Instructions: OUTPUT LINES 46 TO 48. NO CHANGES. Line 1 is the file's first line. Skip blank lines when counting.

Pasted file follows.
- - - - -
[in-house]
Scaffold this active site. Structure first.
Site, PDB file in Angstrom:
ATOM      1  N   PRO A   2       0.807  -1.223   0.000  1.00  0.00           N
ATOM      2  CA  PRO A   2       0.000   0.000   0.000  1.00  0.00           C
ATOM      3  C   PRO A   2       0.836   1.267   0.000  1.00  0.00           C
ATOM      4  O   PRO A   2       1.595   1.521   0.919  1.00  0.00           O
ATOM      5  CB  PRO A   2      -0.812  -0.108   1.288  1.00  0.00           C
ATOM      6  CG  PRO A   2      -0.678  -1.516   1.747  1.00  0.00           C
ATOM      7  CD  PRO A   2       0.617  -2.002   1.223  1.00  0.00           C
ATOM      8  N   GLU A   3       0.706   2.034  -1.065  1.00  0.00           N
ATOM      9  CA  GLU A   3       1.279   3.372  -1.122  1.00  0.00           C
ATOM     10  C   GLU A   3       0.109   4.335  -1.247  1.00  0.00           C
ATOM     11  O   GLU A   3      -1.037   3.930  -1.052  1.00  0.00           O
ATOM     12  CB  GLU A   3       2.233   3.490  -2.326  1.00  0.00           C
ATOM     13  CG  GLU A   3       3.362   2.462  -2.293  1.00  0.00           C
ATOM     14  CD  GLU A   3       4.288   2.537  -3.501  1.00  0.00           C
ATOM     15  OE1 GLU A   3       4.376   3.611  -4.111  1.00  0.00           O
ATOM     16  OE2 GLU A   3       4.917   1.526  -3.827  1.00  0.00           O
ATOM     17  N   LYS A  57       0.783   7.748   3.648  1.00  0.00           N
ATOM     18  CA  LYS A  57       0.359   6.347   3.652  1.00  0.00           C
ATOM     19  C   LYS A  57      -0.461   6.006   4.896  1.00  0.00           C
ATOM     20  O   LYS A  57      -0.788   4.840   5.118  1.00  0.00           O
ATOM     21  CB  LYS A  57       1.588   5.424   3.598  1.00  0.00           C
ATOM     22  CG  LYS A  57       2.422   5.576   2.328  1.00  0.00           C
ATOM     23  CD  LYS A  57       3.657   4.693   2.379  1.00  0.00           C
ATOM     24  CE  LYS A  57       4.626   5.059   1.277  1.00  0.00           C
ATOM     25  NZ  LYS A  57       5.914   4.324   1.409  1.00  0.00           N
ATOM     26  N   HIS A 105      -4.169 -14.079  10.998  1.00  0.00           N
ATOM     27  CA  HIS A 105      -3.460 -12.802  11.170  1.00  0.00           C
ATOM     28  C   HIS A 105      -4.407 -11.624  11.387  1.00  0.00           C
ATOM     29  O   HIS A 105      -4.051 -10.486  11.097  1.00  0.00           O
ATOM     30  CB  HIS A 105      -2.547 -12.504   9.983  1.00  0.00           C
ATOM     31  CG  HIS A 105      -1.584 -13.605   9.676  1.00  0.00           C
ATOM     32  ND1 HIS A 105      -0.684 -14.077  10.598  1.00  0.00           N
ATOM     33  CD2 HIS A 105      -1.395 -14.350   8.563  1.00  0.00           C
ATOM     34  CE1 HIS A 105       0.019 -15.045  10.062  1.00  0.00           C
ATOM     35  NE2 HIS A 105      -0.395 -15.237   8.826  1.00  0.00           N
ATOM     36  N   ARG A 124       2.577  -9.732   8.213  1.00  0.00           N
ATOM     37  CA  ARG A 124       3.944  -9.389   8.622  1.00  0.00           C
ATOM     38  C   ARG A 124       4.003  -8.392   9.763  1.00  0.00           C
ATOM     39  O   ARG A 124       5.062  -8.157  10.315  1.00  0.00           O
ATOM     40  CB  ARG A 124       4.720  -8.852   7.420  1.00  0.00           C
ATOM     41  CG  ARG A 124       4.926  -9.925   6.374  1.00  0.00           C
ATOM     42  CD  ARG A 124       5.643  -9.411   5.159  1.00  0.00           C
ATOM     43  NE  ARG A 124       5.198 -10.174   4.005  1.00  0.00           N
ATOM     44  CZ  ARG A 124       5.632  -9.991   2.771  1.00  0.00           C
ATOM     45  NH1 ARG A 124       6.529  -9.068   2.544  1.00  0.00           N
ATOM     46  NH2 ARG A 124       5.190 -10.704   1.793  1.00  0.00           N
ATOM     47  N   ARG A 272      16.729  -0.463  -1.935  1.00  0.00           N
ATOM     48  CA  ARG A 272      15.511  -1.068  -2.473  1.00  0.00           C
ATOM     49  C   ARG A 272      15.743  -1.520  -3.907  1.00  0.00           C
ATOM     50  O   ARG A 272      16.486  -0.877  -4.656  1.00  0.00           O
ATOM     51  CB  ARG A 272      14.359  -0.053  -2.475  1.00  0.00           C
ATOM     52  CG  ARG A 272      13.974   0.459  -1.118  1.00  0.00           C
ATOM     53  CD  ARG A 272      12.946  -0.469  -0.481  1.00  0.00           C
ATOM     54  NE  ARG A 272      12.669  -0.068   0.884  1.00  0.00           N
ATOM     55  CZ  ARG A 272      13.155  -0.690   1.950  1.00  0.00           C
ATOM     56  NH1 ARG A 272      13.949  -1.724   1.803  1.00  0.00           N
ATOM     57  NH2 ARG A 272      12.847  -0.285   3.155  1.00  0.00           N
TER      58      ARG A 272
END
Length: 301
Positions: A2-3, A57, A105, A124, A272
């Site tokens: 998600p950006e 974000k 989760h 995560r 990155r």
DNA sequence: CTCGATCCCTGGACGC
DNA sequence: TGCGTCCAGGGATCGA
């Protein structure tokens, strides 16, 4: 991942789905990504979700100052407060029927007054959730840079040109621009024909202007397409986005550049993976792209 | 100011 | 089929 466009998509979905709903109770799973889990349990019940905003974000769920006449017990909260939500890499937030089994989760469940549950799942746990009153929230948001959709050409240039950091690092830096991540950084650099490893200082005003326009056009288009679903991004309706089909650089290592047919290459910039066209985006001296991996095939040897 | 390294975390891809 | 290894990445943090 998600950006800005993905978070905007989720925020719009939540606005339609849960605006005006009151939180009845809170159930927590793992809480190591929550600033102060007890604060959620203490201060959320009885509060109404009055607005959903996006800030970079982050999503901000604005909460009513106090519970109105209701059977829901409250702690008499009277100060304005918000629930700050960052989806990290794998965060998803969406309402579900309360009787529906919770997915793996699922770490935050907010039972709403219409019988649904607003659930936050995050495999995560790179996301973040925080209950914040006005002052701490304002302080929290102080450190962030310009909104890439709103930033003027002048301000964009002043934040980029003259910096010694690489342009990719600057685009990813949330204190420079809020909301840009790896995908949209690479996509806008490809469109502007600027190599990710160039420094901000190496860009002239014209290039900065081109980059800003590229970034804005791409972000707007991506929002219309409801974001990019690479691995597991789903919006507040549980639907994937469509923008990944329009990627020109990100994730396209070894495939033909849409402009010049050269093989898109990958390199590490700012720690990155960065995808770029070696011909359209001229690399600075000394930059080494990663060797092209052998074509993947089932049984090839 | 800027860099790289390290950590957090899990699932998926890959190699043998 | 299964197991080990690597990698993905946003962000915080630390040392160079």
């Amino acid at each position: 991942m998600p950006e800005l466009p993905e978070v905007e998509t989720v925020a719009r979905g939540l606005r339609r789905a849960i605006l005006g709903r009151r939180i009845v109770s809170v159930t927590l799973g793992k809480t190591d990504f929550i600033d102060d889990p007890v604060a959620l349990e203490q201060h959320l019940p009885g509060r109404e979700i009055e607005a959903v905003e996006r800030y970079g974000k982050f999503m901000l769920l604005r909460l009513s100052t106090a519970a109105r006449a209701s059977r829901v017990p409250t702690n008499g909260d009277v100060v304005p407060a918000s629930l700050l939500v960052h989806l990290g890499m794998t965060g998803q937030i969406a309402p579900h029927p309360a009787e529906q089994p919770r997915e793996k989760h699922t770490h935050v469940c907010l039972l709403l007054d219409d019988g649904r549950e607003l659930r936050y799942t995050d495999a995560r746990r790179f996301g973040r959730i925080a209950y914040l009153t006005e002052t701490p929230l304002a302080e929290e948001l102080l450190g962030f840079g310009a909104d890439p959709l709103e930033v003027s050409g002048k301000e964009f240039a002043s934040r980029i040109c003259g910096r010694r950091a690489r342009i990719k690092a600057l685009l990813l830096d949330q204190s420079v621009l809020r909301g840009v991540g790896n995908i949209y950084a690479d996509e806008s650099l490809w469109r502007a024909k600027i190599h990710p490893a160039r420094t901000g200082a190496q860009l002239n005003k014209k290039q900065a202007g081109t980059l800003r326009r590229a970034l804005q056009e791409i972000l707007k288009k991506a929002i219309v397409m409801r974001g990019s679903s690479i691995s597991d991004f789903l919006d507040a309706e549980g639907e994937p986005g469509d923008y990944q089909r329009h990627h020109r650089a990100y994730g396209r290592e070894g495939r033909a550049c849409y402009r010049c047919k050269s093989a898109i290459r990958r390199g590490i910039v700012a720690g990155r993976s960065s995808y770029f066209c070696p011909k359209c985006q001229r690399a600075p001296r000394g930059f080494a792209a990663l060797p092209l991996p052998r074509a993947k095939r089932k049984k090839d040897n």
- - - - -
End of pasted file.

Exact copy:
ATOM     43  NE  ARG A 124       5.198 -10.174   4.005  1.00  0.00           N
ATOM     44  CZ  ARG A 124       5.632  -9.991   2.771  1.00  0.00           C
ATOM     45  NH1 ARG A 124       6.529  -9.068   2.544  1.00  0.00           N